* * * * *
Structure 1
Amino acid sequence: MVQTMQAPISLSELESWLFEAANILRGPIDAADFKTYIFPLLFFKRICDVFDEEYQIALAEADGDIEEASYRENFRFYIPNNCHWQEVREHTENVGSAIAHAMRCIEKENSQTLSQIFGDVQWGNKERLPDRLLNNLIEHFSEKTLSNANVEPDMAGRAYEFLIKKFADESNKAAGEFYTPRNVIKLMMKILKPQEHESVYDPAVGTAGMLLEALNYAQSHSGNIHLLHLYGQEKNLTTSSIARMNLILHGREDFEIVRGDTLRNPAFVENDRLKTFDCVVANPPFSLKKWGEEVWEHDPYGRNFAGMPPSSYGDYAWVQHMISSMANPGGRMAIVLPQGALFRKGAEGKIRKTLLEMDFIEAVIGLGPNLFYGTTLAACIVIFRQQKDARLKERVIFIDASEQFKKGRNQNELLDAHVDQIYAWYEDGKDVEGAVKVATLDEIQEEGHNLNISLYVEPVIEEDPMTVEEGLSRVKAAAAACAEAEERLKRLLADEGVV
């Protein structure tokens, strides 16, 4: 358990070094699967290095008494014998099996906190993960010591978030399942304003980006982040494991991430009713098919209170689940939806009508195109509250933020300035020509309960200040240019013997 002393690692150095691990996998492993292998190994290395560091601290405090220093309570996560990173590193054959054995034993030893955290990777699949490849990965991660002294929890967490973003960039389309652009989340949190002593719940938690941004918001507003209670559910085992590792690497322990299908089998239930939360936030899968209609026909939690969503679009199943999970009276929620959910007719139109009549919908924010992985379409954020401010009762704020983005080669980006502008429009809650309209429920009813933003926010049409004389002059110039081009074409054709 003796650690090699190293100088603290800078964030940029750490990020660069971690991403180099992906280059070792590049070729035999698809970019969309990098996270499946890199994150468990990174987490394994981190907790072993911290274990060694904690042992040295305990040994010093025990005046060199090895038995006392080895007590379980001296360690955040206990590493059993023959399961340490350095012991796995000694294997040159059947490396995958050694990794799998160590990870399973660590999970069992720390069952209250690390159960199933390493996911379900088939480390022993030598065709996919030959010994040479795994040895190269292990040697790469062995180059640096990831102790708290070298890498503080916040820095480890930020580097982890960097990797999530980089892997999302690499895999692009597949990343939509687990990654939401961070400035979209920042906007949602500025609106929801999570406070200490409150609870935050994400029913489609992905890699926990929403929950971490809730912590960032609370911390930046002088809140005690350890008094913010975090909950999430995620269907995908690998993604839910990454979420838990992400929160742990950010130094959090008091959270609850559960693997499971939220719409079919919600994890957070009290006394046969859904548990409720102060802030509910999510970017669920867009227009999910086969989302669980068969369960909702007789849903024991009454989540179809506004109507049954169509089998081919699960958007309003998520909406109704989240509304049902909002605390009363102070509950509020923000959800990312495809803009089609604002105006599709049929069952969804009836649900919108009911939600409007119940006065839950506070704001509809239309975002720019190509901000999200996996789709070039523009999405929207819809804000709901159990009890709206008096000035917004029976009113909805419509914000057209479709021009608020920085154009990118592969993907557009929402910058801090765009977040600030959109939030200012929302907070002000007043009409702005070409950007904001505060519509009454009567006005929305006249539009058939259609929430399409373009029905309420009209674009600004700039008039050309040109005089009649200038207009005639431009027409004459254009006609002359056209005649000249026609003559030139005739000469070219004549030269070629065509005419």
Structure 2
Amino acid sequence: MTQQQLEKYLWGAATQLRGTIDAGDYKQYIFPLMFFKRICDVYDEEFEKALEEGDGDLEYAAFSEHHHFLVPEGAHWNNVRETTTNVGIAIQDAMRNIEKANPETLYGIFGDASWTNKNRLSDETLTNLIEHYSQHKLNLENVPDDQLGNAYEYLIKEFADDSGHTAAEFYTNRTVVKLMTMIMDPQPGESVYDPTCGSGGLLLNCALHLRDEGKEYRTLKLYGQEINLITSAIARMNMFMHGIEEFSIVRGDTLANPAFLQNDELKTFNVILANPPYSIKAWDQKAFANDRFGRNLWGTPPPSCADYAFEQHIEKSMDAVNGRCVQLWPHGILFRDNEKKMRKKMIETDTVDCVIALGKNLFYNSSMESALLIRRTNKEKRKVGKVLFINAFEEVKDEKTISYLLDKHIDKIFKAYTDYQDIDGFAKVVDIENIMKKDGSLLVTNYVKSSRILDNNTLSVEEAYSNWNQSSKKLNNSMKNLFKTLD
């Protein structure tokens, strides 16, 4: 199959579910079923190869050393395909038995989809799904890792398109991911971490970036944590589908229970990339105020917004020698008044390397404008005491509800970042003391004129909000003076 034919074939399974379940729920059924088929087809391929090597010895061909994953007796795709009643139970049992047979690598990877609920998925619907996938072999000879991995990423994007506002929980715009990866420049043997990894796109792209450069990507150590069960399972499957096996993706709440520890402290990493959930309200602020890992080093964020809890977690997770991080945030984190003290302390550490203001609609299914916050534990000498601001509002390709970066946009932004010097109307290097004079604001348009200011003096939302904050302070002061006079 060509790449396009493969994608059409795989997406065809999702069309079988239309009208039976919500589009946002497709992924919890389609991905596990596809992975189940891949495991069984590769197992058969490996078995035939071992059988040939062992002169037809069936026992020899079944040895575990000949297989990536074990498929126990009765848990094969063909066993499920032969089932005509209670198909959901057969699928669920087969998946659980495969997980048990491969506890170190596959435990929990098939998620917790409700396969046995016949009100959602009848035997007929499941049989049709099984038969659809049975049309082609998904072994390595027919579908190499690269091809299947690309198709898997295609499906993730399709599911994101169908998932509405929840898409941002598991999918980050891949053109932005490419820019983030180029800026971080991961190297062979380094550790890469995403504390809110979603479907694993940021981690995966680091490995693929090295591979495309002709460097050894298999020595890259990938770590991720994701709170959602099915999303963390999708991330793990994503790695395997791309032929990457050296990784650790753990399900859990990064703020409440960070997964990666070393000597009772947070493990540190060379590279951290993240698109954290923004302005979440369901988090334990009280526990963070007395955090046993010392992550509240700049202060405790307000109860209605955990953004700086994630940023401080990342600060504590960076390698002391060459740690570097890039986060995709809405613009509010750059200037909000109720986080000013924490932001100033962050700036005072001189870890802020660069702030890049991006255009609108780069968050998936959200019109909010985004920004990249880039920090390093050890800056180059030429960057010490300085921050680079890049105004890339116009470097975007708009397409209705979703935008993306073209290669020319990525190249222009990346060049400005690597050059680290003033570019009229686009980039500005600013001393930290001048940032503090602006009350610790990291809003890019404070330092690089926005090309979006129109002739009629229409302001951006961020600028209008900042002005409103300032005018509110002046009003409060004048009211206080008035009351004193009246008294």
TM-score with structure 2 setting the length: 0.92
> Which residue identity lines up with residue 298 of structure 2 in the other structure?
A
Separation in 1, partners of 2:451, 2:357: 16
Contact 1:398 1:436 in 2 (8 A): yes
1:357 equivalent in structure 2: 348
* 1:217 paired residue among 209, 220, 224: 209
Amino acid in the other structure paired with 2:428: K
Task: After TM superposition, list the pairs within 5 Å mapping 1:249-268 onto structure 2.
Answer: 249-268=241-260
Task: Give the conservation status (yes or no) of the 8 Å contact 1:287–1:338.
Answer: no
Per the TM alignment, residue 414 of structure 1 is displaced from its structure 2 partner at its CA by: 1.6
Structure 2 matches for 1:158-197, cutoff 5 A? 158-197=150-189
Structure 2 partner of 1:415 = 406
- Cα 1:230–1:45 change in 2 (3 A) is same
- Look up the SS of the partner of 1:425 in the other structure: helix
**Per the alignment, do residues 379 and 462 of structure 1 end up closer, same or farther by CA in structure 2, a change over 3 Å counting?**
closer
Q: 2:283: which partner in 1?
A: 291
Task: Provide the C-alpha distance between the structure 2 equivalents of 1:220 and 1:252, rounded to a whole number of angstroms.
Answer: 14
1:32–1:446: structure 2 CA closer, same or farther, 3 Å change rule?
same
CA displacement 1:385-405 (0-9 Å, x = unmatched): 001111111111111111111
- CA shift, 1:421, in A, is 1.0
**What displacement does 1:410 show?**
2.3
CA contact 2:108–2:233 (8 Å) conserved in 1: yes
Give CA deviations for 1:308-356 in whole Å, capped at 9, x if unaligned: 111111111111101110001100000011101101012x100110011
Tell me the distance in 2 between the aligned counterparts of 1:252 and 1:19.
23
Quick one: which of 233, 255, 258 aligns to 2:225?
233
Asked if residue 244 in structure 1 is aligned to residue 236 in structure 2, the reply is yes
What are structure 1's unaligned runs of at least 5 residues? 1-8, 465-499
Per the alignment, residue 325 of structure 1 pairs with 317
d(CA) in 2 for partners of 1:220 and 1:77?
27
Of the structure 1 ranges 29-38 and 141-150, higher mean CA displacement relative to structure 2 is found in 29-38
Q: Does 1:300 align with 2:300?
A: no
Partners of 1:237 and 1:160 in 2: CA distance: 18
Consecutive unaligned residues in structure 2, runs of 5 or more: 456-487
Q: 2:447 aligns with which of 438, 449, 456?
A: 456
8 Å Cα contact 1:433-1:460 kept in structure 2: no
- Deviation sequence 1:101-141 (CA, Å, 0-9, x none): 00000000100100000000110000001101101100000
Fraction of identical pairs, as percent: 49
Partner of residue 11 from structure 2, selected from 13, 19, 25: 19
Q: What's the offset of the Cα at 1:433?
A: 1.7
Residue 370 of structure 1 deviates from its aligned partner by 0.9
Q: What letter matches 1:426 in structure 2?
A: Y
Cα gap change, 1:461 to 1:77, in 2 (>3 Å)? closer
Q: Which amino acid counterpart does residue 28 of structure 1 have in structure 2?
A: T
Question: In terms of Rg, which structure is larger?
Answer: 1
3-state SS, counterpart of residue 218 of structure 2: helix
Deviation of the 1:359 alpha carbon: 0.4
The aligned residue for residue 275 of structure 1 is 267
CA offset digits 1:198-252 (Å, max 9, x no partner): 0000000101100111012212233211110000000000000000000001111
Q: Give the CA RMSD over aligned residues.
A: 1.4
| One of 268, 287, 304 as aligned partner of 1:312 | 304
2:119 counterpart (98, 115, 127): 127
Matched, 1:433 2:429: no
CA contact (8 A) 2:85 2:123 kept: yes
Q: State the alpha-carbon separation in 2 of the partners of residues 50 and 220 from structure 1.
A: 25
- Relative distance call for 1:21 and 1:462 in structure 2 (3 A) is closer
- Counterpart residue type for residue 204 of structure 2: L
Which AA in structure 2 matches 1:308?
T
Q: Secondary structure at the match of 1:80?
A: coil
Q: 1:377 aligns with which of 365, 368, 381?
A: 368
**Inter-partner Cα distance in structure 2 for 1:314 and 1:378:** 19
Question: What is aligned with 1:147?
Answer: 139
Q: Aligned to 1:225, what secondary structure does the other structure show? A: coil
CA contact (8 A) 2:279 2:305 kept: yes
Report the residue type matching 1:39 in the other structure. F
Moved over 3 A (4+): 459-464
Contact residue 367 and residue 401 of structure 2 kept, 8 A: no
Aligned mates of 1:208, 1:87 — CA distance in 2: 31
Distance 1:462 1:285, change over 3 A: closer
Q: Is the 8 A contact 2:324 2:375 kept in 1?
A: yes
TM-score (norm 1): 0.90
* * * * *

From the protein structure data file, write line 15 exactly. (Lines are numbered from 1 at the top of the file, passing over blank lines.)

Task: After TM superposition, list the pairs within 5 Å mapping 1:249-268 onto structure 2.